For example, the people most likely to take in Jews during the Holocaust were the types of people who came from families that openly welcomed diverse groups of people into their homes and treated them all equally—regardless of color or creed. This early life experience of taking others in expanded their concept of family and made them more open to letting Jews stay with them.

Unity can also be formed through people acting together for a common cause or with a common interest at heart. Studies have shown that when participants were required to tap rhythms in sync with each other, they were more likely to help each other out with math problems after the study. Commercial brands can take advantage of this innate loyalty by asking consumers for advice on how to make their products better. This will encourage their consumers to feel that they have a vested interest in the company and will consequently increase their loyalty to the brand.

8) The Ethics of Pre-suasion

“Do not seek dishonest gains; dishonest gains are losses.” —Hesiod

Knowing how to persuade people to do what you want and knowing when it is ethical to do so are two entirely different issues. The ethics of persuasion approaches have long troubled Cialdini about the morality of revealing the information to the general public.

For example, corporate companies often place profits far above ethics in their decision making process, regardless of how likely they are to get caught and punished severely for their transgressions.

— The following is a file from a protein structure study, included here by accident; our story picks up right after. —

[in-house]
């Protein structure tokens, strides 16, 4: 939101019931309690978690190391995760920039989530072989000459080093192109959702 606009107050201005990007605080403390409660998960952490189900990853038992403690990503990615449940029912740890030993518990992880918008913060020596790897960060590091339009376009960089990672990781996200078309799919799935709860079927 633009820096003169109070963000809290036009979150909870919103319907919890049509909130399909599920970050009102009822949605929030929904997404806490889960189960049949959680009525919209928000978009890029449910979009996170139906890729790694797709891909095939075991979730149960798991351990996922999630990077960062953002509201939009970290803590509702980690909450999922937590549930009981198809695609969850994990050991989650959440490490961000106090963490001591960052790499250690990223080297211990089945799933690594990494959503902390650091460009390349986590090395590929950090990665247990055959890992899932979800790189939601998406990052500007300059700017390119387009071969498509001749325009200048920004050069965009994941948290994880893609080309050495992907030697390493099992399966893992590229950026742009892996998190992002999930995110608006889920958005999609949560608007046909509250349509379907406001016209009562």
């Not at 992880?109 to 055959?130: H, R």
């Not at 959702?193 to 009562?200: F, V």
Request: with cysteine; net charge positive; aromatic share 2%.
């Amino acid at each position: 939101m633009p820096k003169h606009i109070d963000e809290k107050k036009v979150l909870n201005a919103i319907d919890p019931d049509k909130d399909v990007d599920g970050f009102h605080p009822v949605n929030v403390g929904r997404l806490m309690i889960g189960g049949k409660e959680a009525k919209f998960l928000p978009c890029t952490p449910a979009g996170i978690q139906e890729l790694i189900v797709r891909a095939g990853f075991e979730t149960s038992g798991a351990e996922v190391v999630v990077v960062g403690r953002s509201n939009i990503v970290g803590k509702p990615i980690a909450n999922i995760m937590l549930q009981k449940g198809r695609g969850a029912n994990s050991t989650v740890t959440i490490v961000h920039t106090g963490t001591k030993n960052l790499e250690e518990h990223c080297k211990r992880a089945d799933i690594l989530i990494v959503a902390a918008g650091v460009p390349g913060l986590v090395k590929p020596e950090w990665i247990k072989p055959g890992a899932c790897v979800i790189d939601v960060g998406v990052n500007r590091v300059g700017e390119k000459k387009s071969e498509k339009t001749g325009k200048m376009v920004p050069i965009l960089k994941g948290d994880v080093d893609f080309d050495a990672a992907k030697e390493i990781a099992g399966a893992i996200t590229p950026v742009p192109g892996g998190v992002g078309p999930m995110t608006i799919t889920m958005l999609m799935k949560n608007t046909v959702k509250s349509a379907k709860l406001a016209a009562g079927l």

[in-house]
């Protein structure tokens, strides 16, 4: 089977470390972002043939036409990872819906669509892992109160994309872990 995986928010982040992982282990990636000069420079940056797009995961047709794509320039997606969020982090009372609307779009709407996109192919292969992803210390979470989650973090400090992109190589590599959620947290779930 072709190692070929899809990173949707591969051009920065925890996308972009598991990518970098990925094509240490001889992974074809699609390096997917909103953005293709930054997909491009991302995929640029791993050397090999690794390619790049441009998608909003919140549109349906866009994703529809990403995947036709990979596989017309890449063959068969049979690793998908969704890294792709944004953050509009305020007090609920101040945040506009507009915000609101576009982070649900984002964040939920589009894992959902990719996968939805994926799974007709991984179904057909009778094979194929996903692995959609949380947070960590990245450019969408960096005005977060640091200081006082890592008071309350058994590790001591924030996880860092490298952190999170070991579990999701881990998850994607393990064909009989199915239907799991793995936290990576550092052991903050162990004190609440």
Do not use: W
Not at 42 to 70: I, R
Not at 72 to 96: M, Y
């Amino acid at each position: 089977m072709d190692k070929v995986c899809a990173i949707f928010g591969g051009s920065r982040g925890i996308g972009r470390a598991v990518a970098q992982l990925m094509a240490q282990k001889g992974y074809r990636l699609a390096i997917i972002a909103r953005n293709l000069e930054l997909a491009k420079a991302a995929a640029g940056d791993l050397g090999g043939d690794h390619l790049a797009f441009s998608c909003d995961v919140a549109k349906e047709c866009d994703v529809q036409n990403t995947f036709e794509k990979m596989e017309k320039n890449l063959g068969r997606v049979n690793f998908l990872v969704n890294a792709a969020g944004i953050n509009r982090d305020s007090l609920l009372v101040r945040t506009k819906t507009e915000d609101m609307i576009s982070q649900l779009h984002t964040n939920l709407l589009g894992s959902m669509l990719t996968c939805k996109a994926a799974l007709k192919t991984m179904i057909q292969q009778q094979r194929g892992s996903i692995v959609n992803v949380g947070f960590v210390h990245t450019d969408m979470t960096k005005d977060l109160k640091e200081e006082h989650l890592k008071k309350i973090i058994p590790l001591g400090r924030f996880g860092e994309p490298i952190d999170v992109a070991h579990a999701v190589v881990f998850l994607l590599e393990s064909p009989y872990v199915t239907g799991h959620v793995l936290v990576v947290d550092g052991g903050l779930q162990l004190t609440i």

However, those that choose to use pre-suasive techniques for unethical gain would be making a foolish decision, as there’s actually ample evidence that unscrupulous persuasion tactics cost businesses far more than they seek to gain through the methods. This happens in three main ways:

1. Poor employee performance: Working in a morally questionable environment has an exhausting effect on employees and actually causes them to be less efficient during their workday. This moral stress can be just as damaging for employee performance as dealing with budget cuts or difficult customers.

2. High employee turnover: Putting employees in a morally questionable environment causes a large number of them to quit, creating staggeringly high costs for the employer to try to recoup. Because it is usually the highest quality employees that leave in this situation, employers will need to work hard to replace the thousands of training hours invested in them.